Last Friday, I headed up to Liverpool to take a walk around a few galleries. For anyone unaware there’s several galleries within quite a close proximity of the city center including the Liverpool Tate and the Walker Art Gallery. After a long coach ride that required me to wake up at 5, I then missed my train by literal seconds which resulted in not being able to grab a coffee until half 11 when we arrived at Albert Docks, if you knew me you’d understand how distressing that was.
Once I arrived, The plan was to walk away from the docks to the furthest gallery, the Walker. Then make my way, throughout the day, back towards the coach hitting up everything on the walk back. Reality had other things in store for me, like the much-needed caffeine boost I was apparently ‘non stop whingeing’ about needing, cheers Luke. On the way to what I can only describe as the busiest Costa I’ve seen outside of London, I spotted lengths of linked chains, like the old dock fences (because they were), covered in padlocks with people’s names declaring their love for each other. I’ve seen this before on some of the bridges in Europe and Amsterdam and remember cursing myself for not having a decent a camera to snap up the old rusting padlocks. Not this time! I mean I didn’t have a decent camera this time either, but I did take photo’s – consider me a sucker for rusted metal declarations of eternal love (I’m such a romantic at heart, as long as it has interesting textures nd patterns of course).
I have to say Liverpool, I’m impressed. The number of beautifully crafted old buildings & green park spaces is laudable, as also is the effort you’ve put into restoring and protecting them. But I digress.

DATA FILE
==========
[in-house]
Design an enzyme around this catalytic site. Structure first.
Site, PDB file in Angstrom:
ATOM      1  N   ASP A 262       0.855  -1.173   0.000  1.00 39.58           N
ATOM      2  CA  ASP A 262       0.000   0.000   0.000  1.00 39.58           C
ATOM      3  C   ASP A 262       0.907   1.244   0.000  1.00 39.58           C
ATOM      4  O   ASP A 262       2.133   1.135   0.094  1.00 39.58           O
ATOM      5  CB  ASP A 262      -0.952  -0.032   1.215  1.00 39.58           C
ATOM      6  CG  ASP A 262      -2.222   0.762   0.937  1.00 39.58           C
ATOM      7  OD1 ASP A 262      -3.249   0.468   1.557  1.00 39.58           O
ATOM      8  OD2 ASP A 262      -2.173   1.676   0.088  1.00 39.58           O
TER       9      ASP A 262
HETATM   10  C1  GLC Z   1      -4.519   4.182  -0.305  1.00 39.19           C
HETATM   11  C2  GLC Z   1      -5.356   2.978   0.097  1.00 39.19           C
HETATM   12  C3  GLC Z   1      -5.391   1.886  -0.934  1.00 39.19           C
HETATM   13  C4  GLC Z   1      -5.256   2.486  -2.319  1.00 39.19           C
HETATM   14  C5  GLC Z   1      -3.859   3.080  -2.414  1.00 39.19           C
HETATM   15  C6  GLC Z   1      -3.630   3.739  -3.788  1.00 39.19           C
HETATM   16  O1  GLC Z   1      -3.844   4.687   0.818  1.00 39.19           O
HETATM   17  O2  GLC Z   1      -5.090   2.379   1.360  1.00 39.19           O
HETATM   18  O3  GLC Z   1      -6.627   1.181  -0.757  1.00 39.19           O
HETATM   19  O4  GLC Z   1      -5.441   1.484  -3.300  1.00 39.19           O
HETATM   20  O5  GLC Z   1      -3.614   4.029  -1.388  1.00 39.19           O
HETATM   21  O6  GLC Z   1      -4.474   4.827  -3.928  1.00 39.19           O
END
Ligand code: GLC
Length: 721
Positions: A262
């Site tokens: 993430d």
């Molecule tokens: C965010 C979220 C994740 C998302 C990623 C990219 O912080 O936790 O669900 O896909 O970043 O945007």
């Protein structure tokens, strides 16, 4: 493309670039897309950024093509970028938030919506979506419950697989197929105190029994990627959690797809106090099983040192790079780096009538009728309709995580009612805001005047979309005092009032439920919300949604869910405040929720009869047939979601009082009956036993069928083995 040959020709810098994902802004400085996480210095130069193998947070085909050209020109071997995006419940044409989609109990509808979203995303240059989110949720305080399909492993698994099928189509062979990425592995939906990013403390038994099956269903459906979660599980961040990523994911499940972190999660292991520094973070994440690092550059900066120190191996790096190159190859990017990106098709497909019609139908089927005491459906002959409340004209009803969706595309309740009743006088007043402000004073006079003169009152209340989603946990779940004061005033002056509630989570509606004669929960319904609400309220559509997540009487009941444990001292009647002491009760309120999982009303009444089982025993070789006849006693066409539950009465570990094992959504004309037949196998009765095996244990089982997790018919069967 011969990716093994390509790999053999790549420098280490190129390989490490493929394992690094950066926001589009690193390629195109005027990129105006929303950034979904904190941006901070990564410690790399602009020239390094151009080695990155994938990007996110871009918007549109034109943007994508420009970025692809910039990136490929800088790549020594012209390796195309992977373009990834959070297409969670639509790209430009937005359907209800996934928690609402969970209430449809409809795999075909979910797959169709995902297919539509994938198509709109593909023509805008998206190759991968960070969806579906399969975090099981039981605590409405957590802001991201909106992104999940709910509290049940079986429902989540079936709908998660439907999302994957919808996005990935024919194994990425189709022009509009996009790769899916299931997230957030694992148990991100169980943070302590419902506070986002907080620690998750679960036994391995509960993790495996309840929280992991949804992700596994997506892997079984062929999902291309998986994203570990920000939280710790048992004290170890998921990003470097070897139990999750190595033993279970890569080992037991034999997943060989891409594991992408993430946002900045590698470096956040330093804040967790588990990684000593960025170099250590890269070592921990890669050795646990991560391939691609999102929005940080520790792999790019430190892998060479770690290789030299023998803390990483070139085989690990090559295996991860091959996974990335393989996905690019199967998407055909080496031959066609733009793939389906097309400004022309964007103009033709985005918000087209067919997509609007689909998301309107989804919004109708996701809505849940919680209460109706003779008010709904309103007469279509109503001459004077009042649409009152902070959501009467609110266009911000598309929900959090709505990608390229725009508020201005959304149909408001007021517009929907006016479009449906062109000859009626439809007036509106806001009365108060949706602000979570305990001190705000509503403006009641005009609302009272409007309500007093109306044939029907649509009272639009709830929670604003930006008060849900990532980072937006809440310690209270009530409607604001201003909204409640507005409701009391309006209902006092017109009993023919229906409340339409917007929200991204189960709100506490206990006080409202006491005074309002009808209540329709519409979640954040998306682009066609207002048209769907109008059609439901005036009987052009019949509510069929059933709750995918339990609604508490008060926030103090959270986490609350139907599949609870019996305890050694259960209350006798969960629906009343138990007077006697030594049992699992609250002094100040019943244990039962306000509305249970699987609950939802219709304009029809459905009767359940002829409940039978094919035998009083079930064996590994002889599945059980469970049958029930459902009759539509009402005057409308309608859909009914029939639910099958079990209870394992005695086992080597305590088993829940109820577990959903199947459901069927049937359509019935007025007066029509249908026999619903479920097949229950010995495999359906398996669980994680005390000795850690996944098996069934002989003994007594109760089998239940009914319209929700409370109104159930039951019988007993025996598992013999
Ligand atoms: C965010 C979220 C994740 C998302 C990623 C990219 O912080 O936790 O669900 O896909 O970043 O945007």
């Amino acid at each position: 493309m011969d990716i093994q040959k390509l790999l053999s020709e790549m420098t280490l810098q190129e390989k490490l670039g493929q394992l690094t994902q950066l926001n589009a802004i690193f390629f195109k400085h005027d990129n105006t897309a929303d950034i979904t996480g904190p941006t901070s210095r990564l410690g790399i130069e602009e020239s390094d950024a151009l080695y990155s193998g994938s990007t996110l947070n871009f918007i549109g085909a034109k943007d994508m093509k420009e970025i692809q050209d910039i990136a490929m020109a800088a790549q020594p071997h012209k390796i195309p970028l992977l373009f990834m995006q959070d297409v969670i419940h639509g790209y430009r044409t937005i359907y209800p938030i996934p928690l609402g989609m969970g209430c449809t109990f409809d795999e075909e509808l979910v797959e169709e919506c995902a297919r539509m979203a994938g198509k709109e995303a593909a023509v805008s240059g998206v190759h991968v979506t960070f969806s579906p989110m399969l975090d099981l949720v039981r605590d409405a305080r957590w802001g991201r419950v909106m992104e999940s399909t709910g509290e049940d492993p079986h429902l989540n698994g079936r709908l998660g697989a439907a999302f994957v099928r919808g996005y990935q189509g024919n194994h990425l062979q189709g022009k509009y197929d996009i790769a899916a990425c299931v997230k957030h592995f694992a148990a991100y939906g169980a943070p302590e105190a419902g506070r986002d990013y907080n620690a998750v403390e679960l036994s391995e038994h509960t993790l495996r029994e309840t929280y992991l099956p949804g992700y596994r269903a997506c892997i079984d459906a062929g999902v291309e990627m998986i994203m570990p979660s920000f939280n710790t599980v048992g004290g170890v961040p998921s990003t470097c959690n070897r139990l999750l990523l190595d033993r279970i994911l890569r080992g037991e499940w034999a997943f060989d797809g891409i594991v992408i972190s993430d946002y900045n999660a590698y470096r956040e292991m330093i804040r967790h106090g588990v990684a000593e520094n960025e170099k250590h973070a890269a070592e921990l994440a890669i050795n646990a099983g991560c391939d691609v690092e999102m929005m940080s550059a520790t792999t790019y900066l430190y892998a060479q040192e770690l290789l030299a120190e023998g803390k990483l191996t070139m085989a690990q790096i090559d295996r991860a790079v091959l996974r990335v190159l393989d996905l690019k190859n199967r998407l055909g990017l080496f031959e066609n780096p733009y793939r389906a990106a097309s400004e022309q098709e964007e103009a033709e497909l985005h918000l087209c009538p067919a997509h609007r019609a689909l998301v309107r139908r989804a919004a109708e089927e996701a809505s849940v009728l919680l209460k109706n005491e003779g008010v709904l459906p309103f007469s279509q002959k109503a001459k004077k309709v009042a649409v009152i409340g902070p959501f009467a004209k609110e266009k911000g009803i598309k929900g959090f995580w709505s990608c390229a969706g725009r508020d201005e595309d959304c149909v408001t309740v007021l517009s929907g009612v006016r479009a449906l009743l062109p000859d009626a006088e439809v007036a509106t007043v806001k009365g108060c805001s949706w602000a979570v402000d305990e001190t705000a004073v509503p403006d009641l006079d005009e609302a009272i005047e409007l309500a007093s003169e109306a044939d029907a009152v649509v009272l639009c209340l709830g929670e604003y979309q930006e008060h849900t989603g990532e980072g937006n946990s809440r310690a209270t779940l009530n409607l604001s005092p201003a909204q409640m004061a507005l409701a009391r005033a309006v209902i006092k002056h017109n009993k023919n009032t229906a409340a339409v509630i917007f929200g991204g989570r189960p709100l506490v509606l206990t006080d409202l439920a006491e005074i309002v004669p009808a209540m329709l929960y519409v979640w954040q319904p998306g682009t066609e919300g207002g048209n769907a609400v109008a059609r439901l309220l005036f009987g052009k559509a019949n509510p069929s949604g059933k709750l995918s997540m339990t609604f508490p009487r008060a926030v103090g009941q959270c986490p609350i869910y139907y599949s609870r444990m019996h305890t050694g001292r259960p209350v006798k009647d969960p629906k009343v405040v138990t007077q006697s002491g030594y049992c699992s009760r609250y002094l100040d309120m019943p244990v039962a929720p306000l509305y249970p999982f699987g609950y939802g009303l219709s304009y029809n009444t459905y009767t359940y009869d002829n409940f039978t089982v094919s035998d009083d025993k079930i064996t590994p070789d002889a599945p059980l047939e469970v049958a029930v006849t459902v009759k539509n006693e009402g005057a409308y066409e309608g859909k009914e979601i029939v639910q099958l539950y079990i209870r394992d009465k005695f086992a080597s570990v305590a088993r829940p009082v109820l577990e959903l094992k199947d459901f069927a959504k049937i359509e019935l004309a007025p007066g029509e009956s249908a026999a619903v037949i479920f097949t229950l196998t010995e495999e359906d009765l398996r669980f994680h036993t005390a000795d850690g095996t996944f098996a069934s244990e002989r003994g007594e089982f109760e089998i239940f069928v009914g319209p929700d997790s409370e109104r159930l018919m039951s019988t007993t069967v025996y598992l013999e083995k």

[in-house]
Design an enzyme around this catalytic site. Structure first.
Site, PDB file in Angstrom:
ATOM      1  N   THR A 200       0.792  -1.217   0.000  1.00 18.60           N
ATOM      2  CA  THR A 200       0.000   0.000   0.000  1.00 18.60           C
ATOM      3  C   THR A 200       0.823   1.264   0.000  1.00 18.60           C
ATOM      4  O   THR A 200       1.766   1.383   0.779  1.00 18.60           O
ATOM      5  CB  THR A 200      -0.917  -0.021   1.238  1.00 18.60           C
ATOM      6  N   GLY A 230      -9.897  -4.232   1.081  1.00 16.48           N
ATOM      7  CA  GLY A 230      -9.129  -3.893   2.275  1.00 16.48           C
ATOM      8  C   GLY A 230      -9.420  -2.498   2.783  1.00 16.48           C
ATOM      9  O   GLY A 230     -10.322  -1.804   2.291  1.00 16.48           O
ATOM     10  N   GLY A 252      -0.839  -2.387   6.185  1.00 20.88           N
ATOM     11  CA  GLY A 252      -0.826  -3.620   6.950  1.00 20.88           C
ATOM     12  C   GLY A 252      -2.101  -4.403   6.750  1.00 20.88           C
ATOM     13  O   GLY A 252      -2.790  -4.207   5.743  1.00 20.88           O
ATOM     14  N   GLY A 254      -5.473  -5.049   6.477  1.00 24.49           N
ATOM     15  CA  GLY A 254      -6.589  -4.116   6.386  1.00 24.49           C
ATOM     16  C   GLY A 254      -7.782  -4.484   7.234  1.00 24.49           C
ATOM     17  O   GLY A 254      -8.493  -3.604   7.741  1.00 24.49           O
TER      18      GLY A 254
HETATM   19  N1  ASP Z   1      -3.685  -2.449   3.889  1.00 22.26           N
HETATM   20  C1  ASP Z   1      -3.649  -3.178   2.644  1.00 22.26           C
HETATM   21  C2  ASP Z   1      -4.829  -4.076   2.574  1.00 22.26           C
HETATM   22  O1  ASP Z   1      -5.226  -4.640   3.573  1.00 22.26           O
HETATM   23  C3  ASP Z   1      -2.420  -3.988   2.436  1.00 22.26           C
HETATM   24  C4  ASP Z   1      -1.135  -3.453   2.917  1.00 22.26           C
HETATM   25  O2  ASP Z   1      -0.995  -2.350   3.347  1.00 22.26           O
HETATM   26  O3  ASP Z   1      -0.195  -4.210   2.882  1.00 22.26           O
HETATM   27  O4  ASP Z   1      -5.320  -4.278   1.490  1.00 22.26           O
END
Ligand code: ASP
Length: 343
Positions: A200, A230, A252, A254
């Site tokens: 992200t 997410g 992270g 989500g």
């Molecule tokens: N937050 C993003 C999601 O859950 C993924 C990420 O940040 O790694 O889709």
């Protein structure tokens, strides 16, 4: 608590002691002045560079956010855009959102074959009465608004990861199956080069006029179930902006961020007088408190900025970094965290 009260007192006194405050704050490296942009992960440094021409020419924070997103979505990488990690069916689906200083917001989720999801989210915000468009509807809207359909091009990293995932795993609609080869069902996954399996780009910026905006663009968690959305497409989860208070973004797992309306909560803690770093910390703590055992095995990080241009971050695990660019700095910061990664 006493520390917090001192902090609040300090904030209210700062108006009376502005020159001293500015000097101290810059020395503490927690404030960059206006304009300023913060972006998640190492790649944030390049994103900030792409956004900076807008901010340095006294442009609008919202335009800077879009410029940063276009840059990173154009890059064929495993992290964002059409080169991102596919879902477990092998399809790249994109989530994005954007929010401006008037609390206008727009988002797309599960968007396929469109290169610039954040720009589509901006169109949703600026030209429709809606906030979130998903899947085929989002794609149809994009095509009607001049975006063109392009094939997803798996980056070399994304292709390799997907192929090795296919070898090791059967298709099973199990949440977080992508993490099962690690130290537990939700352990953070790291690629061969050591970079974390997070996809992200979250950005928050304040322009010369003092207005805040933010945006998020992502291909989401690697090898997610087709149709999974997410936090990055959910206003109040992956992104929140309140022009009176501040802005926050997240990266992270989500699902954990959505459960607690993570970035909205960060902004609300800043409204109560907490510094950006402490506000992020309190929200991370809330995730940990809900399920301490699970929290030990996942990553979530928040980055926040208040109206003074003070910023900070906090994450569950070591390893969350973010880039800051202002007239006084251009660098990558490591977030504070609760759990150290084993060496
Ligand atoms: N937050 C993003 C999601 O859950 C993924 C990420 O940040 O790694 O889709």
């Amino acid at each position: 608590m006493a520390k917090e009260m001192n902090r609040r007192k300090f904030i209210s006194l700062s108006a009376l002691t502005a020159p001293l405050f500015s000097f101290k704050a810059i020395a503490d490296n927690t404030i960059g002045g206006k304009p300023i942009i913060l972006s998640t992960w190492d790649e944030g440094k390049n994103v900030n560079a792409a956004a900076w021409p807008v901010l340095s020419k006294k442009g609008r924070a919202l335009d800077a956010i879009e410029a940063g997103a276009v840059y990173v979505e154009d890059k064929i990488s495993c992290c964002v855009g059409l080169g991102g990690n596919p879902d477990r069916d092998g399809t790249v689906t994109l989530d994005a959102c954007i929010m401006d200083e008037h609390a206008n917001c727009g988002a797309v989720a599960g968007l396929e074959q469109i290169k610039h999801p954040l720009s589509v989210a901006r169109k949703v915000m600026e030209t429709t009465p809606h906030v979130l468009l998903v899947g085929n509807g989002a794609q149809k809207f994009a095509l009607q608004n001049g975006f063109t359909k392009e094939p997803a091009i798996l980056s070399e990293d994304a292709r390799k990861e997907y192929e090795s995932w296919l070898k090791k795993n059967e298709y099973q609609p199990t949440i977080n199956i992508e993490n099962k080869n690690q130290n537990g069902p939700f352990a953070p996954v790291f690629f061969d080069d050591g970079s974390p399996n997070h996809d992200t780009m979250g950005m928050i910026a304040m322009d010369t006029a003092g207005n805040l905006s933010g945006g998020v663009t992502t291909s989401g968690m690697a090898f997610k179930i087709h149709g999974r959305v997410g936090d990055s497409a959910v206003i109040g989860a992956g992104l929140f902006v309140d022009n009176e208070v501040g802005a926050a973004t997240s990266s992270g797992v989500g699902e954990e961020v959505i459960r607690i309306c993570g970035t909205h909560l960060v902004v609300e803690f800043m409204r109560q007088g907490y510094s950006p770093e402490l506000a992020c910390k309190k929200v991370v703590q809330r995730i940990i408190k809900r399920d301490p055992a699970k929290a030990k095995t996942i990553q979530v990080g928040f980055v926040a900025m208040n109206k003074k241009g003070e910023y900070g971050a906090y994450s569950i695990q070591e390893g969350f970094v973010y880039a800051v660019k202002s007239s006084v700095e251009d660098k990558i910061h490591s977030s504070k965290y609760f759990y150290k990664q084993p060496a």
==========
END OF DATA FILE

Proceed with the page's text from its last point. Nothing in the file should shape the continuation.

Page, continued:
The Walker Gallery had several exhibition rooms, ranging from classical to modern, paintings and sculptures to light shows and digital moving image, a great experience. However, I soon found myself (when I say soon, I mean like 30 seconds into the first room) snapping close-ups of sculptures and the aged art frames for my texture catalogue. It was great to see a busy museum, possibly helped by the fact it was free entry – as a student, that is an absolute god send! There were older couples, young families and groups of students all giving me weird looks as I got audibly excited over the chisel marks in sculpted busts, cracks in old wooden frames and the shadows & reflections across the marble floors. I make no apology for this, have you seen how expensive texture books and files are?
I’ve got several projects on the go at the moment, I’ll try and add a few additional pages of
my work in the coming weeks. But this trip was exceptionally useful for a couple of them, I’ve an art exhibition catalogue to create – my idea is to add a physical aspect to the artists work with blind embossing. The picture frames I’ve managed to snap has given me some beautiful patterns I intend to capture and reproduce.
My day was going according to plan until I received an email from a local design agency, Tokyo Wolf. I had made contact with them previously and asked, on the off-chance, that as i was going to be in Liverpool would they let me pop in, have a look around and chat the breeze over a coffee. Although that’ll be another post.